Aleksandar Vucic was born on March 5 1970 in Belgrade. After graduating from the Faculty of Law, he joined the hard-line nationalist Serbian Radical Party in 1993. As a member of the Radicals, he was a deputy in parliament three times. In 1998 he became Minister of Information. His term was marked by the adoption of a controversial Information Law that prescribed stiff penalties for independent journalists. In September 2008 Vucic, along with Tomislav Nikolic, left the Radicals and formed the more moderate Serbian Progressive Party. The 2012 bid will be Vucic’s third attempt to become mayor of Belgrade. He won 48 per cent of the vote in 2004, then losing to the Democrats’ Nenad Bogdanovic. In 2008 he won 35 per cent, losing to Dragan Djilas.

Nemanja Sarovic, Serbian Radical Party:

Nemanja Sarovic was born on December 28 1974 in Belgrade and is a graduate of the Faculty of Law. Since 2004 he has been president of the Radical Party’s board in Belgrade and a party whip in the Belgrade assembly. From 2007 to 2008 he was a deputy in parliament. Before becoming politically active he worked as a lawyer. Sarovic was under the media spotlight several times. In 2005 media reports charged him with having collected daily travel expenses for travel to and from Vranje in southern Serbia at a time when he was living in Belgrade. In 2011 his relationship with Aleksandra Ilic, an MP from New Serbia, became a media tale of “forbidden love” unfolding in parliament. Sarovic shifted from the hard right wing of the Radicals to a modernising, reformist position.

Aleksandar Popovic, Democratic Party of Serbia:

Aleksandar Popovic was born on October 20 1971 in Belgrade. He holds a PhD. in Chemistry. Along with his scientific expertise, Popovic was also a successful athlete, a member of Yugoslavia’s national and Olympic athletics teams and a champion. He has served as a minister in two governments: from 2004 to 2007 under Vojislav Kostunica, when he was the government’s minister of science and environmental protection; and again in the second Kostunica government from May 2007 to 2008, when he served as the country’s minister of energy and mining. The 2012 elections will mark his second attempt to become mayor of the capital, after having run as his party’s nominee back at the general and local elections of 2008.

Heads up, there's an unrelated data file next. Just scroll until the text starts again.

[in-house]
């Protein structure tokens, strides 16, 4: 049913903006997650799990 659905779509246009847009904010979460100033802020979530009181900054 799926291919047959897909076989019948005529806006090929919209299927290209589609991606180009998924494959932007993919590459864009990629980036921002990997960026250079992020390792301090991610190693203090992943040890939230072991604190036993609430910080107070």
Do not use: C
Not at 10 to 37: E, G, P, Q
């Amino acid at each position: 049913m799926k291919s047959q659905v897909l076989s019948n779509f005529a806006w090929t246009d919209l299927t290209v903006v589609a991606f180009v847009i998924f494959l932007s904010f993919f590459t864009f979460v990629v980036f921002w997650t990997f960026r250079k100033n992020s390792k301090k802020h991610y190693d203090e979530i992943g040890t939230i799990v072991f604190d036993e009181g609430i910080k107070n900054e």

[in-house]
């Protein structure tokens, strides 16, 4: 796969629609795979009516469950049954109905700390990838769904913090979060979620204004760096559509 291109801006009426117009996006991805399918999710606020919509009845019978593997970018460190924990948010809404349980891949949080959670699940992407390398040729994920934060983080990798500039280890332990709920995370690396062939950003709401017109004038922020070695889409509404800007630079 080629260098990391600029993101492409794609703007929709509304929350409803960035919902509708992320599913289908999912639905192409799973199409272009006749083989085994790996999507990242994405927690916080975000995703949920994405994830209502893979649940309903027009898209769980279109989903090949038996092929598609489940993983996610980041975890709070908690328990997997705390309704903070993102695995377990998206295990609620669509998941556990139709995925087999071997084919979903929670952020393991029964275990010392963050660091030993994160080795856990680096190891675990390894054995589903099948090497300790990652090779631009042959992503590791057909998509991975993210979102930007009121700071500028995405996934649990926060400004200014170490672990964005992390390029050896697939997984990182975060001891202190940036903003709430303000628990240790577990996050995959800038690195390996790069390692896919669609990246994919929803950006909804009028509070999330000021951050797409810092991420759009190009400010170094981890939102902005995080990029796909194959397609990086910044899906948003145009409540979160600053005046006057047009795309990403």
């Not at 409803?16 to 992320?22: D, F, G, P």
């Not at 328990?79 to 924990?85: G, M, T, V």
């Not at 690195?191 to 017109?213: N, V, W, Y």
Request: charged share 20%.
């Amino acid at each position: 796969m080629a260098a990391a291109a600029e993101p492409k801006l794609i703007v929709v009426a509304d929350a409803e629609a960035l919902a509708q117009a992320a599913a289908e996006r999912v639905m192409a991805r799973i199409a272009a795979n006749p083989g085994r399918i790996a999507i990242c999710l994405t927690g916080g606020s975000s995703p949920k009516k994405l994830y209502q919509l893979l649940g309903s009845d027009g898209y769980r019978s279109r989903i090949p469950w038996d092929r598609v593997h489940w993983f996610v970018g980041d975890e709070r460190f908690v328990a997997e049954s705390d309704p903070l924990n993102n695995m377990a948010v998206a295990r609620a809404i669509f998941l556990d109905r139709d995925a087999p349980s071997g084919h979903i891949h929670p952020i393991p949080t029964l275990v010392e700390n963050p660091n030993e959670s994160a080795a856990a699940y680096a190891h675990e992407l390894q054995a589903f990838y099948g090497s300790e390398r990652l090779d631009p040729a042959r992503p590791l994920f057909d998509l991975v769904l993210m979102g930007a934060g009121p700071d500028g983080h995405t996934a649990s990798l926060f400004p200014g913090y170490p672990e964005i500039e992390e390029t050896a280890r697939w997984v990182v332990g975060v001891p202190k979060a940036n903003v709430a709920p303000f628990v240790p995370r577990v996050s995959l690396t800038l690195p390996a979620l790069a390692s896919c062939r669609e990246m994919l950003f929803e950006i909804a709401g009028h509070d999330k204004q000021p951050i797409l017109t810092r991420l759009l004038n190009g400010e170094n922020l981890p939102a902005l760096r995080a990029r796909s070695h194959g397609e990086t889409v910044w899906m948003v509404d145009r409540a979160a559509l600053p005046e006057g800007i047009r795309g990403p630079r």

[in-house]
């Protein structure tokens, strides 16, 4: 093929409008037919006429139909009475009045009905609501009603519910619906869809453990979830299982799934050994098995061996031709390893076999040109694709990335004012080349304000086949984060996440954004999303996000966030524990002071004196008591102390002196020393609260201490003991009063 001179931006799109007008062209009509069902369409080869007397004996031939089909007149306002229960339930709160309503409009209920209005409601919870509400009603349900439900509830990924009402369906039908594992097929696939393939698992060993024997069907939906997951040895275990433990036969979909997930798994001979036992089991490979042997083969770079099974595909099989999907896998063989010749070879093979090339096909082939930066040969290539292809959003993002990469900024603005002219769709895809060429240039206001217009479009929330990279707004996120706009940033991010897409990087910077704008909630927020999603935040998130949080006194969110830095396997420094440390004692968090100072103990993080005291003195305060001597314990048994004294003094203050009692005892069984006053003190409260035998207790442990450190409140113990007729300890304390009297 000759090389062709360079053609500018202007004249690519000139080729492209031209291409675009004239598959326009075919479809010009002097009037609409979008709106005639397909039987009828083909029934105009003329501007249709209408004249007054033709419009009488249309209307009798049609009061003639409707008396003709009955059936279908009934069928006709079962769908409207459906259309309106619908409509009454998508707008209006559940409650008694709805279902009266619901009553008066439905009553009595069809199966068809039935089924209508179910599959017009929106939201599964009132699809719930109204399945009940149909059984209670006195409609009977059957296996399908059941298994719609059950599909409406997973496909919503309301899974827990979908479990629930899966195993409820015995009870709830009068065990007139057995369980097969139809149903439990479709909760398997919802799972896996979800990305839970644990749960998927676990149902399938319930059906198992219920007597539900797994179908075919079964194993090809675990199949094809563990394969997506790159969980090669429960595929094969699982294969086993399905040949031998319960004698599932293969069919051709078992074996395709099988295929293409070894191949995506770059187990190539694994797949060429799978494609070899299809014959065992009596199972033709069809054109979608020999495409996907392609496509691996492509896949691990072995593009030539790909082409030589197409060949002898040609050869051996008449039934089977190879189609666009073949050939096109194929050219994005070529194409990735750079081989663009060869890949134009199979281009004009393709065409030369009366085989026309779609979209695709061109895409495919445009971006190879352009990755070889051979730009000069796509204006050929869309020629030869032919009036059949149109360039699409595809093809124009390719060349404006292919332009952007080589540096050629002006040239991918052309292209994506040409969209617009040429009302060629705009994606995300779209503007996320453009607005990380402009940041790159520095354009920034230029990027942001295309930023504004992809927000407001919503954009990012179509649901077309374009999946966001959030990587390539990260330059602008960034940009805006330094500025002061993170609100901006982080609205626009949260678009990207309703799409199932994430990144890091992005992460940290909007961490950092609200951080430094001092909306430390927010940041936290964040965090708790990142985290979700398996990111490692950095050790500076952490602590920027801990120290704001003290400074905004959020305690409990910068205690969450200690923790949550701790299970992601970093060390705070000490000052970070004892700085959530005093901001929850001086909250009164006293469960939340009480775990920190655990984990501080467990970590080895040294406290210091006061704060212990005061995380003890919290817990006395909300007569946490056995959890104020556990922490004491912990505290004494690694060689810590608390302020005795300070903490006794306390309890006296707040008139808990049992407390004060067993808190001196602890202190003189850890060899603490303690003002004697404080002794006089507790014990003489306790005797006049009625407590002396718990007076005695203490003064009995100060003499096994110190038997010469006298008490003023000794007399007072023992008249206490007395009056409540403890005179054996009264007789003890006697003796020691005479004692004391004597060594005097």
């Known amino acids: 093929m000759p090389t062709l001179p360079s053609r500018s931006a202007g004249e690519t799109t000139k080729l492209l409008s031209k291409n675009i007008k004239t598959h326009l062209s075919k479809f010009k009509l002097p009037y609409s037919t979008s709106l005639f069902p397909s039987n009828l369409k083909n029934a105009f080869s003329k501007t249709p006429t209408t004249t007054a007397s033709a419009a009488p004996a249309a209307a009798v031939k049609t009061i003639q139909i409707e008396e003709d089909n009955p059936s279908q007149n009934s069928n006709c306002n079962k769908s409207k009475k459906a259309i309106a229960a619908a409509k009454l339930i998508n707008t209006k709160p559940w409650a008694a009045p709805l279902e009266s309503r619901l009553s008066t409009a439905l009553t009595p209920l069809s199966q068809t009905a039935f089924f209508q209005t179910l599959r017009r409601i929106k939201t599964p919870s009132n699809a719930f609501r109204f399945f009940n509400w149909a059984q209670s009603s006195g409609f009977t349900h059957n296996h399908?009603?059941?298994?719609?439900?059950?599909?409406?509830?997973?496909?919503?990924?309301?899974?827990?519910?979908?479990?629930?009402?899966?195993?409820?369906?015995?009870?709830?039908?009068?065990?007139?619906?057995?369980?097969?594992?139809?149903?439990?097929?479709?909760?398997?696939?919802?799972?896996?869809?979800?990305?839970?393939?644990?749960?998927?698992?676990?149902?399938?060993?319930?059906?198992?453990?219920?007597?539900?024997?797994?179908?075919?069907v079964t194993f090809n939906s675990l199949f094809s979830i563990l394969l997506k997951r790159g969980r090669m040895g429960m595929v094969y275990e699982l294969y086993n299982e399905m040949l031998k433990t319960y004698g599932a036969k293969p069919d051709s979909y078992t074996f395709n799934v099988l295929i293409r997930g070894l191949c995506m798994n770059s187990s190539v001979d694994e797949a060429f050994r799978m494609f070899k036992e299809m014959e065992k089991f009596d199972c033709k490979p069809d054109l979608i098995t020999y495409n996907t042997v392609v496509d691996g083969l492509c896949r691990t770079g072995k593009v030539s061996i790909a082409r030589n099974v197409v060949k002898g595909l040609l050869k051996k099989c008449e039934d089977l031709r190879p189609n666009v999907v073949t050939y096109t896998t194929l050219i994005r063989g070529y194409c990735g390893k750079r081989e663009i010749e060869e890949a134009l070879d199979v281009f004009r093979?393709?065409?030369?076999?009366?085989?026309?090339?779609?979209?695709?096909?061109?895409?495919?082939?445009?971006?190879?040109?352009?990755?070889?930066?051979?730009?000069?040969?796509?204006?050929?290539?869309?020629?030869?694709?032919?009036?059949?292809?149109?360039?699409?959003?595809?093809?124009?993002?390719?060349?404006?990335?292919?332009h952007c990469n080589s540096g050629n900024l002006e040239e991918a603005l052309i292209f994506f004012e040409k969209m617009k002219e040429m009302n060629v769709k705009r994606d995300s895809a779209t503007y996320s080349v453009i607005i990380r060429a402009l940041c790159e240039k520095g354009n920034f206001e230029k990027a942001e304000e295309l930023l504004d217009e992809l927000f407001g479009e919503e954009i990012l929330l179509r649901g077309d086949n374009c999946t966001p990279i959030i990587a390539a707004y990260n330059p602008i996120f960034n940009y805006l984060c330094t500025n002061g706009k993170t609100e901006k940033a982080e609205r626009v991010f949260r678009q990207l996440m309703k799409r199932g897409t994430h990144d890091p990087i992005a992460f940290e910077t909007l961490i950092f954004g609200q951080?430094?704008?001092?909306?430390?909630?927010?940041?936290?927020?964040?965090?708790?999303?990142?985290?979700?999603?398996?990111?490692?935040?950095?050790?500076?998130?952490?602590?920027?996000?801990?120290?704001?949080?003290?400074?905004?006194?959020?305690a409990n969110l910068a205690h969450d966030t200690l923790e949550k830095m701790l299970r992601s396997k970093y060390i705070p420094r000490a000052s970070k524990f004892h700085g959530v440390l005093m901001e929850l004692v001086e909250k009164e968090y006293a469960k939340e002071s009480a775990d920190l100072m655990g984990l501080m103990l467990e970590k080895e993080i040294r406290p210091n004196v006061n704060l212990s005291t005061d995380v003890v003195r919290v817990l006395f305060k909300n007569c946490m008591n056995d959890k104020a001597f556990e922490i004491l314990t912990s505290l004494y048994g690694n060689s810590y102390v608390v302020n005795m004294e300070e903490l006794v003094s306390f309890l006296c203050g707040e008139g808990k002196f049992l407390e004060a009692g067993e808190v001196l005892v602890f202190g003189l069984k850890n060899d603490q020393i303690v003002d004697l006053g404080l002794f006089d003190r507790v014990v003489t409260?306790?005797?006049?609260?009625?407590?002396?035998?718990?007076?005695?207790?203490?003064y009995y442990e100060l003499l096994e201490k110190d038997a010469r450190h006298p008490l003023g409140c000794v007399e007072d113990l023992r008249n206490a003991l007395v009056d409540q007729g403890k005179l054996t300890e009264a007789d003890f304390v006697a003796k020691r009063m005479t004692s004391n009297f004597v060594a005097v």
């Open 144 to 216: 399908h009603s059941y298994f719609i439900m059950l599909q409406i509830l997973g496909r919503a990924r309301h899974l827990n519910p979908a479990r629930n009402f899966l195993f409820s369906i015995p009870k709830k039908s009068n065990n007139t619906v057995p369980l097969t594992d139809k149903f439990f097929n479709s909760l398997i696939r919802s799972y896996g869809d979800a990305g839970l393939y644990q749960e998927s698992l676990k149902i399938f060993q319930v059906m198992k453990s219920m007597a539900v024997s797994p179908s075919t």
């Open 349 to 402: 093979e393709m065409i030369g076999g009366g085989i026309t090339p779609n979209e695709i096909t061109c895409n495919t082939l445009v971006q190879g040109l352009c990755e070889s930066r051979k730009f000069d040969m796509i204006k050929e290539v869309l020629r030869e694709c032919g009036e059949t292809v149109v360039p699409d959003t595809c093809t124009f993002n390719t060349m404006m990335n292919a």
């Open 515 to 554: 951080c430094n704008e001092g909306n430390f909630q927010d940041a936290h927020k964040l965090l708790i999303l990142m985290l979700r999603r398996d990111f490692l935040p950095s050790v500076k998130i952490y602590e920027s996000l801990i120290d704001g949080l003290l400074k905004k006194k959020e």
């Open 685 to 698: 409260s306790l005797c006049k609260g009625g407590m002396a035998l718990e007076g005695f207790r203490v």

Zoran Stankovic, United Regions of Serbia:

Zoran Stankovic, born on November 9 1954, is Serbia’s current health minister. After graduating in medicine he became an army doctor in 1980. During the wars of the 1990s he spent a year doing autopsies. In 1994 he was made a UN expert in forensic medicine and testified in this role before the International Criminal Tribunal for Former Yugoslavia, ICTY, in several cases. In 2001 he accused the Tribunal of reluctance to investigate crimes committed against Serbs. In 2002 he became chief of the Military Medical Academy, VMA. After a disagreement with the then Defence Minister, Stankovic left the post in April 2005. Later that year he became Defence Minister in Vojislav Kostunica’s government, which many then expected to arrest war crimes indictee Ratko Mladic.

Dejan Randjic, Liberal Democratic Party:

Dejan Randjic was born on August 19 1972 in Cacak and has been a deputy and party whip in the Belgrade assembly since 2008. After graduating in economy, Randjic joined the anti-Milosevic movement in the late 1990s, helping to found the OTPOR youth protest movement in 1998, where he was the head of marketing. He was a member of the Democratic Party from 1996 to 2005, when he formed the Liberal Democratic Party with Cedomir Jovanovic. Like the current mayor, Randjic is also involved in marketing. In 2001, along with colleagues from OTPOR, he opened marketing agency Gistro Advertising. He has been a consultant in elections and political campaigns in Macedonia, Republika Srpska, Cuba, Lebanon and Zimbabwe.

Balkan Insight

Balkan Insight

The Balkan Insight (fornerkt the Balkin Investigative Reporting Network, BIRN) is a close group of editors and trainers that enables journalists in the region to produce in-depth analytical and investigative journalism on complex political, economic and social themes. BIRN emerged from the Balkan programme of the Institute for War & Peace Reporting, IWPR, in 2005. The original IWPR Balkans team was mandated to localise that programme and make it sustainable, in light of changing realities in the region and the maturity of the IWPR intervention. Since then, its work in publishing, media training and public debate activities has become synonymous with quality, reliability and impartiality. A fully-independent and local network, it is now developing as an efficient and self-sustainable regional institution to enhance the capacity for journalism that pushes for public debate on European-oriented political and economic reform.